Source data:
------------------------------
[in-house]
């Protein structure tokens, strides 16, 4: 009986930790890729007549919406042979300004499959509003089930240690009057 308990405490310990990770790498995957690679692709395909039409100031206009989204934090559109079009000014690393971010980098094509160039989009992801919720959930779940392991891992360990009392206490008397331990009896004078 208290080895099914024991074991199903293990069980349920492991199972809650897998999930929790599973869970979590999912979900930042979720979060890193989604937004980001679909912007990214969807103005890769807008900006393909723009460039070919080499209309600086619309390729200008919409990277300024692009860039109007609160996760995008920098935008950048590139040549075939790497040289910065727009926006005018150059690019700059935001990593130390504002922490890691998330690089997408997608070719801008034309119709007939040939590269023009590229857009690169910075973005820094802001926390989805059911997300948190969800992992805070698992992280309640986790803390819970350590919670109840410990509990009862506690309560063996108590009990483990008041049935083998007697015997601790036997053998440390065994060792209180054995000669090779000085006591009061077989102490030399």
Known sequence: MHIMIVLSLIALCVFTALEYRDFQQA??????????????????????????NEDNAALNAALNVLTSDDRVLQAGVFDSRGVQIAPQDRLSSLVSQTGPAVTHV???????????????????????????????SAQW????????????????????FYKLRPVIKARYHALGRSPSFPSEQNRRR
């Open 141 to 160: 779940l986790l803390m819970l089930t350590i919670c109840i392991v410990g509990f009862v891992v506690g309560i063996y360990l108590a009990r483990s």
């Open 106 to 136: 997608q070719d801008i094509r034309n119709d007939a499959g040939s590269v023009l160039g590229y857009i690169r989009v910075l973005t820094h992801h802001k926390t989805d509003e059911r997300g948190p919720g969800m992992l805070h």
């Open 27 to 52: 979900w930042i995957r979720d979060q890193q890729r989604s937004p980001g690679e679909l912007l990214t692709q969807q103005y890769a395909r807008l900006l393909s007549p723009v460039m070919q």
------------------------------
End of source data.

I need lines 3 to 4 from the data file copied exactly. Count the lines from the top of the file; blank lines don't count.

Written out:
Known sequence: MHIMIVLSLIALCVFTALEYRDFQQA??????????????????????????NEDNAALNAALNVLTSDDRVLQAGVFDSRGVQIAPQDRLSSLVSQTGPAVTHV???????????????????????????????SAQW????????????????????FYKLRPVIKARYHALGRSPSFPSEQNRRR
């Open 141 to 160: 779940l986790l803390m819970l089930t350590i919670c109840i392991v410990g509990f009862v891992v506690g309560i063996y360990l108590a009990r483990s």